Hit the Road
Walking is the exercise of choice for many dieters. No wonder: you don’t need a gym membership and you can do it virtually everywhere! Here’s what you need to get started.
Walking is gentle on joints, and you can burn a surprising number of calories. On flat terrain, a half-hour walk can chew through 100 to 150 calories, depending on your weight. Hike up some hills and you can erase 200 to 250 calories. So make sure you’re prepared, and then hit the road!
Find Shoes That Fit
The only equipment you really need is a decent pair of walking shoes. Finding them is a cinch. What matters most is comfort. If it feels good on your feet when you try it on, odds are it also provides enough support. When shopping for shoes:
- Wear the socks you plan to exercise in. That way you’ll be sure to get the best fit.
- Try on both shoes. Most people’s feet aren’t exactly the same size. Choose a pair that fits your larger foot.
- Allow a little extra room. Feet swell when you walk, so buy shoes with about a thumb’s width between your longest toe and the end of the shoe. Make sure the heel doesn’t slip, though, or you could end up with painful blisters.
Check Your Form
Sure, walking comes naturally, and it’s smart to stay close to the technique you’ve always known. But these tips will help you stay comfortable and get the most out of your walk:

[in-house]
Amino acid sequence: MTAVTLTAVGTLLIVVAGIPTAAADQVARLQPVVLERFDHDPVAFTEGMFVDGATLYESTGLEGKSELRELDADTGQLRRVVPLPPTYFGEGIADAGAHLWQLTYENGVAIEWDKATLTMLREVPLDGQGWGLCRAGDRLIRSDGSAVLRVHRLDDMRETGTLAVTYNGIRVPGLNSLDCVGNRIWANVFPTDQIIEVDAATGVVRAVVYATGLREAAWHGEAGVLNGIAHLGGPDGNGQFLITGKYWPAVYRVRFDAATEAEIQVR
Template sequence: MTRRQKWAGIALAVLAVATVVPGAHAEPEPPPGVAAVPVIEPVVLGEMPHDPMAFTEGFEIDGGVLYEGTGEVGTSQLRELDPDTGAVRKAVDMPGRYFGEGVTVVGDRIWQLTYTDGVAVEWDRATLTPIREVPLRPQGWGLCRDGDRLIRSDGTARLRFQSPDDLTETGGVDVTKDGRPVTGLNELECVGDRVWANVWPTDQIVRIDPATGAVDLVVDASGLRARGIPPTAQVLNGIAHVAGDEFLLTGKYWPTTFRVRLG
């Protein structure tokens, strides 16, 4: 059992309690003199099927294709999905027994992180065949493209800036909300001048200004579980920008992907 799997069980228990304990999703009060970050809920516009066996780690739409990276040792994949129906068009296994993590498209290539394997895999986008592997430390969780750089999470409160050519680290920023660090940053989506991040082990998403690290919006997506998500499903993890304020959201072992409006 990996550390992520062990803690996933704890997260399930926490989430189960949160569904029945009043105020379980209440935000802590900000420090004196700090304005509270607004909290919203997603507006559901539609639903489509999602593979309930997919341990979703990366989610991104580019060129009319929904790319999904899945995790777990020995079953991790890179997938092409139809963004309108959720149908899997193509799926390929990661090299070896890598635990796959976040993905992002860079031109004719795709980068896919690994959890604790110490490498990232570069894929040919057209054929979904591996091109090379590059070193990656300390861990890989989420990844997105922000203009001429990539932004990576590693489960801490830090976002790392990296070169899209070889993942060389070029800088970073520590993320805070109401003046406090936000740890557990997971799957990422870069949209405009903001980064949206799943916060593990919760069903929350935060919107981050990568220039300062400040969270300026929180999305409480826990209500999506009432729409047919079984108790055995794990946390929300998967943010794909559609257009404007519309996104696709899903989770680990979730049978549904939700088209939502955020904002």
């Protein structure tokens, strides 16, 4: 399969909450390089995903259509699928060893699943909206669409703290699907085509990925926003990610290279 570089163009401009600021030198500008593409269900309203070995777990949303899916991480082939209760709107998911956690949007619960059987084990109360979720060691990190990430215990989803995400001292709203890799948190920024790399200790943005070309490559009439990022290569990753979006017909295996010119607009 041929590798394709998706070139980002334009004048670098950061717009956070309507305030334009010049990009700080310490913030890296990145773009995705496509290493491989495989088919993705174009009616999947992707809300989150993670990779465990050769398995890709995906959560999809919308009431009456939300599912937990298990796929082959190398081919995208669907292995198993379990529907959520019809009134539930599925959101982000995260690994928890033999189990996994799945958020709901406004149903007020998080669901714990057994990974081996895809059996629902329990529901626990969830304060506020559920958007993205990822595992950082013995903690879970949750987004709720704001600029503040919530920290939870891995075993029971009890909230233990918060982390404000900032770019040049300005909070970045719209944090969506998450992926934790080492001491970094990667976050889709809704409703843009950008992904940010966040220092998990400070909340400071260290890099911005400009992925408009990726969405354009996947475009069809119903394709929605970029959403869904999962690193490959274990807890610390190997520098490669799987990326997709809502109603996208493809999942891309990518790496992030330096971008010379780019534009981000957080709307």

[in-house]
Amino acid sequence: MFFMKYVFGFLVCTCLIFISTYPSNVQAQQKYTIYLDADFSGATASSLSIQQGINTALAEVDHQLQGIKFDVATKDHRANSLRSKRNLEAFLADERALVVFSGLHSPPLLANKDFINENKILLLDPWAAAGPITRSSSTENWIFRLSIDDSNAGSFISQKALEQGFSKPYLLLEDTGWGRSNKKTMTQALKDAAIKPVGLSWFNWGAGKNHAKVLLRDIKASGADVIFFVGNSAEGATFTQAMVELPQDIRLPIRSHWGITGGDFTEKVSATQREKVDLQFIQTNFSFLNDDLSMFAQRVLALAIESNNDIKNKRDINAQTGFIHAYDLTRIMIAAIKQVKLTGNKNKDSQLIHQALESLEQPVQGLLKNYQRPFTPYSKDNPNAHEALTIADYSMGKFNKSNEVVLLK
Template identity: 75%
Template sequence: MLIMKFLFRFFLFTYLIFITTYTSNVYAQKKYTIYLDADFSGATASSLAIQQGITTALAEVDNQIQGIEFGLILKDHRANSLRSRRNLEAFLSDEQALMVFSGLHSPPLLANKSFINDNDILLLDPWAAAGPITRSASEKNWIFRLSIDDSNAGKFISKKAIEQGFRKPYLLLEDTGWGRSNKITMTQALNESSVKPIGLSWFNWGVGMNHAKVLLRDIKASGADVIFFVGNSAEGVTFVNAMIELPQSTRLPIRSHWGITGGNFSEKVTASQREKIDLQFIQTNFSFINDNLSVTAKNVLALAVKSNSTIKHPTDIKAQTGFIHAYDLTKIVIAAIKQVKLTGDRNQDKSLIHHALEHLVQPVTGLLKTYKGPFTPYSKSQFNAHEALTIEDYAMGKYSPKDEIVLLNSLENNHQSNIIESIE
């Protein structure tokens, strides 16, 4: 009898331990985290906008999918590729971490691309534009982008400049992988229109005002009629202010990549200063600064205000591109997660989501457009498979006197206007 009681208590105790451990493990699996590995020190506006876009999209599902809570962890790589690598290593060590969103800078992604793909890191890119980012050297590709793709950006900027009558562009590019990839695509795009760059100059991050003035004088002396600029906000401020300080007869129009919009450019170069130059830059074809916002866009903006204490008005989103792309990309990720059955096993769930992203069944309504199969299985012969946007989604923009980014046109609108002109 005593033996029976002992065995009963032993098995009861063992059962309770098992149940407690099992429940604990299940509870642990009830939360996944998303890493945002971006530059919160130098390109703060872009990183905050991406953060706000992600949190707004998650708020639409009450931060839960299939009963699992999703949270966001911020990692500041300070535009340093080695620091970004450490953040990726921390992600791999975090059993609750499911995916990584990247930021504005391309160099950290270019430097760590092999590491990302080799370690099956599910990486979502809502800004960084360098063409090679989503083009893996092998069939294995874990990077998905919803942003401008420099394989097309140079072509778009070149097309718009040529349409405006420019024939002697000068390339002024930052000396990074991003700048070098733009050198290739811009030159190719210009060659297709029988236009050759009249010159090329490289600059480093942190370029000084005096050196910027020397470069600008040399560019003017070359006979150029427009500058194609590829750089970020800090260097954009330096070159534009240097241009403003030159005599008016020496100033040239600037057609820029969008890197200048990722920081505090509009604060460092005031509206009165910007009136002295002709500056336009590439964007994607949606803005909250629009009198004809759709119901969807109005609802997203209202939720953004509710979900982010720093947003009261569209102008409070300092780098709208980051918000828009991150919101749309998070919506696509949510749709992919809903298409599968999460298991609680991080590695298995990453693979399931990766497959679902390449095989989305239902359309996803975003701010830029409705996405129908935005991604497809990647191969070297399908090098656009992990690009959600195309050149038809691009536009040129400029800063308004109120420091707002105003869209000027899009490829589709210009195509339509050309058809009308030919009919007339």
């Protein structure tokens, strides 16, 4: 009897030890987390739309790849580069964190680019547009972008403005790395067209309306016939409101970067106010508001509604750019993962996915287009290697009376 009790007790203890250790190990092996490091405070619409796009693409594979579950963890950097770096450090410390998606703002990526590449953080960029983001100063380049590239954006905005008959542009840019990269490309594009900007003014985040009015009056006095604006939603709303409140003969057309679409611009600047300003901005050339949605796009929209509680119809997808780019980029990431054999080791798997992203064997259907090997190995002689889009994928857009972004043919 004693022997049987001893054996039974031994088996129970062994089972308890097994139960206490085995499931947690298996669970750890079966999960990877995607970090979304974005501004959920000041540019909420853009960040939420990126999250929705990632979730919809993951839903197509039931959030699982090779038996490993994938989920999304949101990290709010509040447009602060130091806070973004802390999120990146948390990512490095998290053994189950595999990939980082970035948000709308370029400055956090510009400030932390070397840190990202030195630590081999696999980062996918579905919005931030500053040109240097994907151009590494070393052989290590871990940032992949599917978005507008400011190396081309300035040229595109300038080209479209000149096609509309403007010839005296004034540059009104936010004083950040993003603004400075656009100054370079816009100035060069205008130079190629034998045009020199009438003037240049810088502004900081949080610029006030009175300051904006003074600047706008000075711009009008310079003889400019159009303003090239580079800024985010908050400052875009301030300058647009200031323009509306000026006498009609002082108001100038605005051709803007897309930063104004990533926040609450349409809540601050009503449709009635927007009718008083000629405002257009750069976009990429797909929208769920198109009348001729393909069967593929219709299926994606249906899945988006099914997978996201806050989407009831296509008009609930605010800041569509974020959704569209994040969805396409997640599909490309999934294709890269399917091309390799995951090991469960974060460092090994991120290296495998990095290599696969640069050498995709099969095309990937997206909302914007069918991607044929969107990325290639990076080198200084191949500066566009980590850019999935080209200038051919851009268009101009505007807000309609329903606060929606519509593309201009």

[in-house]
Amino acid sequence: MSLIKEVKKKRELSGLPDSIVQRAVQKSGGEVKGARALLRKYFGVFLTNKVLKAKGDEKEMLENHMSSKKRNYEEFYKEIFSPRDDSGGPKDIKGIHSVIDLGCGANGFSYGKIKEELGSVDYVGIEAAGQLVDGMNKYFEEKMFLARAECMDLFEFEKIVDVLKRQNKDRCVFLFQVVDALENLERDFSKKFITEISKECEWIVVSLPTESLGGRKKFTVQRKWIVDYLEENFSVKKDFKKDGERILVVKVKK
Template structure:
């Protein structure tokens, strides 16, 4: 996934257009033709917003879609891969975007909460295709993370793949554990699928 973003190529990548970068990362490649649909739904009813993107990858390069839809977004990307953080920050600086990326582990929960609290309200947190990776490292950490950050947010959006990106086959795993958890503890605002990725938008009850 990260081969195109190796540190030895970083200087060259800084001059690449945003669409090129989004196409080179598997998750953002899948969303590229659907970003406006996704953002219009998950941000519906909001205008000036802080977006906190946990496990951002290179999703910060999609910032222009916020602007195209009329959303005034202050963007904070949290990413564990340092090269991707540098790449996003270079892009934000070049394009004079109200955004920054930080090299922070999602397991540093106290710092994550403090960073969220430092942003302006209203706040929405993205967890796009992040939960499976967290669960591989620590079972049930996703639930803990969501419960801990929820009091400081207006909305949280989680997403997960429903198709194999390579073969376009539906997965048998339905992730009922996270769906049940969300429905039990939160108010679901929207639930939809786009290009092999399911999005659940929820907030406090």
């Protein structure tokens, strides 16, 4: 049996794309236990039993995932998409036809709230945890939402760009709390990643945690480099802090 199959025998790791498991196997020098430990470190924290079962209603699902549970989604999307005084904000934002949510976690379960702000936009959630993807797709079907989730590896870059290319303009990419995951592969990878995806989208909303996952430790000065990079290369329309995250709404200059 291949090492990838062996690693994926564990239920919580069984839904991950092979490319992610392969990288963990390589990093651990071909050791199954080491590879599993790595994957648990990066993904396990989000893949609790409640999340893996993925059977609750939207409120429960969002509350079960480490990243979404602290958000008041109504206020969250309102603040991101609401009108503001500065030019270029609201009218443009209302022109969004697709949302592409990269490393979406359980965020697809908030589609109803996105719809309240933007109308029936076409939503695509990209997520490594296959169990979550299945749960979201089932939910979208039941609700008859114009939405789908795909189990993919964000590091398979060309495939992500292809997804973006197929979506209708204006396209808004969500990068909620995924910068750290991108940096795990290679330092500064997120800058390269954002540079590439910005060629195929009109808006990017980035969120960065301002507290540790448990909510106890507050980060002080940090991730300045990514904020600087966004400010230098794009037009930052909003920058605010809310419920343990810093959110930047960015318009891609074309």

- Stand up straight. Imagine a string pulling you up from the top of your head. Let that string pull you up as straight as possible. Relax your shoulders.
- Look ahead. Keep your neck straight and your head held high to avoid unnecessary strain to the neck and shoulders. If you have to look down to see where you’re going, lower your eyes, not your head.
- Move those arms. Bend your elbows and let your arms swing naturally at your sides. You’ll prevent swelling, tingling, or numbness—and you’ll burn up to 15 per cent more calories by keeping your arms moving.
- Don’t carry that weight. Some people try to get in extra exercise by toting a couple of light dumbbells along for the journey, but fitness-walking experts say that’s risky; the weights can pull you off balance and strain muscles in your back or legs.
Walking is one of the safest activities you can do. Still, it’s wise to take a few precautions. If you’re walking at night, wear a piece of reflective clothing. Likewise, if the path is dimly lit, bring a good flashlight.
When the weather’s warm, be sure to drink a tall glass of water before you set out and another when you return. And if your path is rugged or bumpy, protect your ankles, particularly if you have a history of twists or sprains. Consider wearing a comfortable elastic bandage for support, and keep your eyes focused on the path.